Background Novel outcome measures selecting a reduced joint count for ultrasonography can be highly responsive in demonstrating the improvement in joint inflammation seen in rheumatoid arthritis (RA) patients on treatment .
Objectives To determine whether the use of the novel methods can translate into smaller sample sizes for subject recruitment into RA clinical trials. Results from the existing methods are used for comparison.
Methods 24 RA patients with treatment starts or escalation had clinical and ultrasound joint assessment at baseline and 3 months. The novel methods select joints based on (A) ultrasound joint findings (i.e. Individualized Ultrasound (IUS) method) or (B) a composite of ultrasound and clinical joint findings (i.e. Individualized Composite Ultrasound (ICUS) method). In contrast, the existing methods utilize pre-determined joint sites for ultrasonography. Scores at the relevant joints per patient are summed up to obtain the total inflammatory score (TIS). The effect size (ES) was measured as the mean change of the TIS divided by the standard deviation of the change in the TIS. Sample sizes were calculated from confidence intervals (CIs) on ES that reflect uncertainty in estimating ES. For a given CI on ES, sample sizes are computed as the minimum number of patients required to provide ≥80% power at α =0.05 for rejecting the null hypothesis (defined as no difference in the 3-month mean change in TIS comparing novel versus existing methods).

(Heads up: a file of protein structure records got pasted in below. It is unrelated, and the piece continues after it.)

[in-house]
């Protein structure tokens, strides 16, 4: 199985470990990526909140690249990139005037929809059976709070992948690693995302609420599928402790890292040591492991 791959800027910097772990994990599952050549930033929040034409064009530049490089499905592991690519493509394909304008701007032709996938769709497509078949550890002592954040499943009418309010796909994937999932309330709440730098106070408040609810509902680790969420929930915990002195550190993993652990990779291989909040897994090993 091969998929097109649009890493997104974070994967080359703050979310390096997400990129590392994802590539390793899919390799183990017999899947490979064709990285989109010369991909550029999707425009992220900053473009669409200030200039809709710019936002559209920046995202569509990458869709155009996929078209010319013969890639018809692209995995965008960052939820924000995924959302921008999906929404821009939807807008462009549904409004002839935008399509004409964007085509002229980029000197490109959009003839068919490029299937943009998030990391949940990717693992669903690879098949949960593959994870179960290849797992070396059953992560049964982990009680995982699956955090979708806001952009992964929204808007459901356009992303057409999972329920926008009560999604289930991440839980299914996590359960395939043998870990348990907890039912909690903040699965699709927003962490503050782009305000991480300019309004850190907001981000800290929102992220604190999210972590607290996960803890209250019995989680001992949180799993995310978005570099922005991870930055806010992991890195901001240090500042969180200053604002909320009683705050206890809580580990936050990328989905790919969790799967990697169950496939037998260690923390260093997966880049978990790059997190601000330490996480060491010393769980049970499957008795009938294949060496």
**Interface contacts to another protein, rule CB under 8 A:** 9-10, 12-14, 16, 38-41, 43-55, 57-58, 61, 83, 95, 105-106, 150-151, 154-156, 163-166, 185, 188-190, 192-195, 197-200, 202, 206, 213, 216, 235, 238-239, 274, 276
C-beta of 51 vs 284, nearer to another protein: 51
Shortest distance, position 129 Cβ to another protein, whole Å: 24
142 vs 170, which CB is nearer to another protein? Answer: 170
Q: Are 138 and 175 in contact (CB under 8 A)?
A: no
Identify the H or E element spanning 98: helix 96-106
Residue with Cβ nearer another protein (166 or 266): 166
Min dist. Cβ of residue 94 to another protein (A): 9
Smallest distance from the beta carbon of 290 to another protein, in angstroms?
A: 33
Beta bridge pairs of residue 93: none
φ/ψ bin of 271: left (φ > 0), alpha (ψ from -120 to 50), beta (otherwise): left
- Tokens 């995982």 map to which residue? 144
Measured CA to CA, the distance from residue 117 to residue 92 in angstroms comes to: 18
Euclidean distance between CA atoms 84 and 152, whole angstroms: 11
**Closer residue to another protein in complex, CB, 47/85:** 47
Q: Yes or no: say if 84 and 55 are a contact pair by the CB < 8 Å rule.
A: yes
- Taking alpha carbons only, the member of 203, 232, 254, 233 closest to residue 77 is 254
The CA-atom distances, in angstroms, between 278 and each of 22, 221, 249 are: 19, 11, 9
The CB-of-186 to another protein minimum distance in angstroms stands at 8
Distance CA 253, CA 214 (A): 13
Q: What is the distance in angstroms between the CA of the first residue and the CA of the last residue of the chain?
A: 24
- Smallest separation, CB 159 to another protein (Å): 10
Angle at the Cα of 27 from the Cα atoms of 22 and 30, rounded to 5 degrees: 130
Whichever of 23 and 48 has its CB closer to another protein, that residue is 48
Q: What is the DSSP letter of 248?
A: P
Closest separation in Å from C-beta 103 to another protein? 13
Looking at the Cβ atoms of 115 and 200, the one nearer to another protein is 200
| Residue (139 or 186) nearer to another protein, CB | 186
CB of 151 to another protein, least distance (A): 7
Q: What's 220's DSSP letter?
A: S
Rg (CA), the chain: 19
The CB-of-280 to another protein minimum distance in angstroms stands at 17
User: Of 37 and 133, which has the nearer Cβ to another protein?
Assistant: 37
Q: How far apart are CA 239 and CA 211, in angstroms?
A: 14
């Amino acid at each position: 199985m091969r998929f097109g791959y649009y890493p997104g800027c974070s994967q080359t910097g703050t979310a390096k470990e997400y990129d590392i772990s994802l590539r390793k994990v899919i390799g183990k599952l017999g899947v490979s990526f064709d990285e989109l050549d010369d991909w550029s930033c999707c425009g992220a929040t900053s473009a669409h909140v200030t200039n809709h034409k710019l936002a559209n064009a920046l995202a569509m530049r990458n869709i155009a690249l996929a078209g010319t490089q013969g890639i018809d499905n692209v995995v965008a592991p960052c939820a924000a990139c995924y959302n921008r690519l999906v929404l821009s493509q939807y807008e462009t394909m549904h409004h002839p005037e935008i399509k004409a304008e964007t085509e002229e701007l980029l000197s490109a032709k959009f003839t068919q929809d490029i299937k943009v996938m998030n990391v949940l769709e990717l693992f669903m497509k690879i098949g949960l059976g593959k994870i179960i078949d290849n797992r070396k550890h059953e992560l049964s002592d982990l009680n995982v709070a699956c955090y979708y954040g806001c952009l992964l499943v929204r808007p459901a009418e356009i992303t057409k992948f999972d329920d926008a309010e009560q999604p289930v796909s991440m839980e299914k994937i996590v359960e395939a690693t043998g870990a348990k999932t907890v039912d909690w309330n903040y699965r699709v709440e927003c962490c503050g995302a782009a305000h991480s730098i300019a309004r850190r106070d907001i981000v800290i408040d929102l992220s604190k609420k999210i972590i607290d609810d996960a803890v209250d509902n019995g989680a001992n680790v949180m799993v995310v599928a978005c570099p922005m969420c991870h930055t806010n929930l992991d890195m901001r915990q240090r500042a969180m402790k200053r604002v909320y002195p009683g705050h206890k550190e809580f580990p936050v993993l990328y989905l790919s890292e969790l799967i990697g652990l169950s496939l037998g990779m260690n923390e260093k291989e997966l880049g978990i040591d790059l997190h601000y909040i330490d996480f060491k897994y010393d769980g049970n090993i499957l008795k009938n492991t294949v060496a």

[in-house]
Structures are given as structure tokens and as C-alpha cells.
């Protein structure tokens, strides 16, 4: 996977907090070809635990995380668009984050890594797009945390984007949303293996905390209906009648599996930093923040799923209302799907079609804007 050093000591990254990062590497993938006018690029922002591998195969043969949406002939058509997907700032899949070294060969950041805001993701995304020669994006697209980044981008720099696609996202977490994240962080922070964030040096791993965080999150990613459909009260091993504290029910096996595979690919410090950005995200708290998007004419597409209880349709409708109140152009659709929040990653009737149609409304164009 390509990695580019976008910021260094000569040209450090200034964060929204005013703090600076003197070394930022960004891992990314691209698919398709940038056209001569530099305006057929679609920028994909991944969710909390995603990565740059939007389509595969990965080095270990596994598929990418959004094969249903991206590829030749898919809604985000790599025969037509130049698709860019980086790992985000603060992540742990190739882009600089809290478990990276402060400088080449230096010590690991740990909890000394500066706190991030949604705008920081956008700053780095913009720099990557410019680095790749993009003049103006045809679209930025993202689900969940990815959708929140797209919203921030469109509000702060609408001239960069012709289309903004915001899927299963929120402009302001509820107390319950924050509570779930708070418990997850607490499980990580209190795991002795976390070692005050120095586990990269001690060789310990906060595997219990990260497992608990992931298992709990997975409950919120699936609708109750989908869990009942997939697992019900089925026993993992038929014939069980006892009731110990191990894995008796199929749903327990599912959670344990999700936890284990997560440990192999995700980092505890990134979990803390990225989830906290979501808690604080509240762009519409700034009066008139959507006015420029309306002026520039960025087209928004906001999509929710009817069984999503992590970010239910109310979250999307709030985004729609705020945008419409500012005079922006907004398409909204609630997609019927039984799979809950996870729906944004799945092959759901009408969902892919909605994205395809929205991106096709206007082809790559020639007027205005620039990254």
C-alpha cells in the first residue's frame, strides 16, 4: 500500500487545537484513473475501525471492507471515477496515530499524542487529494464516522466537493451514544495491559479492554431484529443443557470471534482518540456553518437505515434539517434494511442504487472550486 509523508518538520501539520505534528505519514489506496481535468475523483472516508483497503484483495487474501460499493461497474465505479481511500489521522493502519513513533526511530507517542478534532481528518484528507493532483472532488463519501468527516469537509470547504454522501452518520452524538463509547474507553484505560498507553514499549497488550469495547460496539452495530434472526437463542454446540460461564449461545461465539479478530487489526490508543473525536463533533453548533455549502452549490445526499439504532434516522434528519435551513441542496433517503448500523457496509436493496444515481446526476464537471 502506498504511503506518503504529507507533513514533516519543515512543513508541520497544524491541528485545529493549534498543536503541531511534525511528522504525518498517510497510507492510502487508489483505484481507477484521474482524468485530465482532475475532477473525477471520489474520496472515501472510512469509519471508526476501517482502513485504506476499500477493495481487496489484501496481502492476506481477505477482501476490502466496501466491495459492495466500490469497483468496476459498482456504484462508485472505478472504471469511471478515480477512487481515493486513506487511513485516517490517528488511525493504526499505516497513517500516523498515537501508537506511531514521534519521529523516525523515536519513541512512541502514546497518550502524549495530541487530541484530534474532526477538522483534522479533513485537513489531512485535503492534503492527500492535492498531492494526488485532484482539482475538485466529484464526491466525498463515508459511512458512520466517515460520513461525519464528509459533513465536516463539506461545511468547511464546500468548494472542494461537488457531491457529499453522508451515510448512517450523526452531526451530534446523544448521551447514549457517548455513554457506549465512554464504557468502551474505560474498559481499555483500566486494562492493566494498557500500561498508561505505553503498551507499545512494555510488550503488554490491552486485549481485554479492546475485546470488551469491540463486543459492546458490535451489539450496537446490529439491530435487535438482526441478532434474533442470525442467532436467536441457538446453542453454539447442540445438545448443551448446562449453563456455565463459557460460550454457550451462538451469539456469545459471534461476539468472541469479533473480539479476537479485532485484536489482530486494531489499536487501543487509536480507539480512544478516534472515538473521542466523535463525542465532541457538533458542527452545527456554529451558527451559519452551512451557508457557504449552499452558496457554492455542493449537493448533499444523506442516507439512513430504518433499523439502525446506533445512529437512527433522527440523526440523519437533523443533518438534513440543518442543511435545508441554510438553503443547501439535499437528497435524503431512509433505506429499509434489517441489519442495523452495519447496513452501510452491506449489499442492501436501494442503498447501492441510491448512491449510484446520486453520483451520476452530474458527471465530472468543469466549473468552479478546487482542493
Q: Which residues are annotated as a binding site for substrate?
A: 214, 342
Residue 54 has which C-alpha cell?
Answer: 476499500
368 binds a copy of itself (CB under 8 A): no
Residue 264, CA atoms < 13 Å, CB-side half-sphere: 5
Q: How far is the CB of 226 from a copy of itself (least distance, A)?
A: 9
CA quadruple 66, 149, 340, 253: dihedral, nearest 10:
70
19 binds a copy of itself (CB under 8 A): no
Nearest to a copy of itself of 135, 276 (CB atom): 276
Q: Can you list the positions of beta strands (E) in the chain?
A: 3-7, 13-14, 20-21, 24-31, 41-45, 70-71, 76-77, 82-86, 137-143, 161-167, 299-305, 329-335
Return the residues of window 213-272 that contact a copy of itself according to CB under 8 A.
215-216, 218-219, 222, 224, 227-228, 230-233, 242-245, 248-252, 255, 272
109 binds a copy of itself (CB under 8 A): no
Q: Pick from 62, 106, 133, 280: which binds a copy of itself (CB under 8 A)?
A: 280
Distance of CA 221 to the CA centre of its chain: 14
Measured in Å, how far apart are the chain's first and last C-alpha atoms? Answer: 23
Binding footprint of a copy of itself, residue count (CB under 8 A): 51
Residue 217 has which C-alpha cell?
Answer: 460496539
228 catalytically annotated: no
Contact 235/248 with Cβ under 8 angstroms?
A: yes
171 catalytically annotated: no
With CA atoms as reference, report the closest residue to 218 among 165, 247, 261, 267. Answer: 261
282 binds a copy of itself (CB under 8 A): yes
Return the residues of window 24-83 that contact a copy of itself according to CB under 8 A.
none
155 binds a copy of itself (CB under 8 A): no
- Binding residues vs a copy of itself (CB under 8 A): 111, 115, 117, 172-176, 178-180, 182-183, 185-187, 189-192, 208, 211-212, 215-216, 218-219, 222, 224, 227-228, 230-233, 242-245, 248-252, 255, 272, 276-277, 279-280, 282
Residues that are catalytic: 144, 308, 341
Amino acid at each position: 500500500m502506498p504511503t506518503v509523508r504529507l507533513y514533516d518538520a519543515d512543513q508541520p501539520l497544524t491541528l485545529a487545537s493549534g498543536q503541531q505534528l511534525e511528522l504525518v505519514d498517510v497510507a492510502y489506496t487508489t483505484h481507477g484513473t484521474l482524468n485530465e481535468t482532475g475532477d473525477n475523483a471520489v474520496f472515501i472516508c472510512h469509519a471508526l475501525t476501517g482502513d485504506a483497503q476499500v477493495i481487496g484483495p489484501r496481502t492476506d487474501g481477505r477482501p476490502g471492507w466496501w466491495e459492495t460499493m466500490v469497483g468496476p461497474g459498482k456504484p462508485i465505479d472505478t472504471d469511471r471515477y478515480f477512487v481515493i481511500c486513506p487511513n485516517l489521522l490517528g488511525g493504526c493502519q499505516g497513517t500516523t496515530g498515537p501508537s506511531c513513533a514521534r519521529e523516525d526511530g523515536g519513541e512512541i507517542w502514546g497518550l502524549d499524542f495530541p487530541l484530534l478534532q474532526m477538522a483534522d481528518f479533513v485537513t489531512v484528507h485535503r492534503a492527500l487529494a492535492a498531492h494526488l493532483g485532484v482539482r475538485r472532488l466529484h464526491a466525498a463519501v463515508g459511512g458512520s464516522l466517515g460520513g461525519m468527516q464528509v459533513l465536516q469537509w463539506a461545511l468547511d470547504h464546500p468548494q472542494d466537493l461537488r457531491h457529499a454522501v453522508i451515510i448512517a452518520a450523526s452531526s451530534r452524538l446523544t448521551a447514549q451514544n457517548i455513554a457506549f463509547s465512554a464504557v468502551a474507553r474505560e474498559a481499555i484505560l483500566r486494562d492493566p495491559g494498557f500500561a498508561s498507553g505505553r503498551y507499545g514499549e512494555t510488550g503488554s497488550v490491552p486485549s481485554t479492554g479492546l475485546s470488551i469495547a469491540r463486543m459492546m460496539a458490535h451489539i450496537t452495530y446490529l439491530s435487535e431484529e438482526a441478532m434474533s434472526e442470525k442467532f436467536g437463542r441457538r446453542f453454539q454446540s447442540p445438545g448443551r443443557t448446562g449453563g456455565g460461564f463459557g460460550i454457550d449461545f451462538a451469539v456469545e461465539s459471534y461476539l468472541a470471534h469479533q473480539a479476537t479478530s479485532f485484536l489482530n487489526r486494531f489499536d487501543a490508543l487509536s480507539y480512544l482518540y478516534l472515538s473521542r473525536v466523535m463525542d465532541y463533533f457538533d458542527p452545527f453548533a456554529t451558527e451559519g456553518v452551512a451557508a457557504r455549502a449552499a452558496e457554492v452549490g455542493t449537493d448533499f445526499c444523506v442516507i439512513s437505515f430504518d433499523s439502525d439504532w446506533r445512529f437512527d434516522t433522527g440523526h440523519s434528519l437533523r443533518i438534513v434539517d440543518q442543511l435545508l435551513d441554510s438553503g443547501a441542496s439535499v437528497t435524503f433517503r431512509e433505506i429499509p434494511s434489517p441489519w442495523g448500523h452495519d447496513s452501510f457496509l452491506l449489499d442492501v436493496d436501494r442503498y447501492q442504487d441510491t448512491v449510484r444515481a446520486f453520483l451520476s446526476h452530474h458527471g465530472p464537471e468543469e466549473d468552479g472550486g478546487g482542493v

Results Based on the 95% CI analysis, sample sizes using existing joint assessment methods in conjunction with the 12-joint approach ranged from 10 to 234. The corresponding sample sizes using the ICUS method with the 12-joint approach ranged from 7 to 39, and using the IUS method with the 12-joint approach ranged from 6 to 37. The corresponding sample sizes using the ICUS method with the 7-joint approach ranged from 6 to 24, and using the IUS method with the 7-joint approach ranged from 6 to 35.
Conclusions Our findings strongly suggest that novel ultrasound joint selection methods result in smaller sample size requirements compared to existing methods, and provide justification for larger studies to confirm these observations.
Tan YK et al. Novel Ultrasound Joint Selection Methods Using a Reduced Joint Number Demonstrate Inflammatory Improvement when Compared to Existing Methods and Disease Activity Score at 28 Joints. J Rheumatol. 2016;43:34–7.
Disclosure of Interest None declared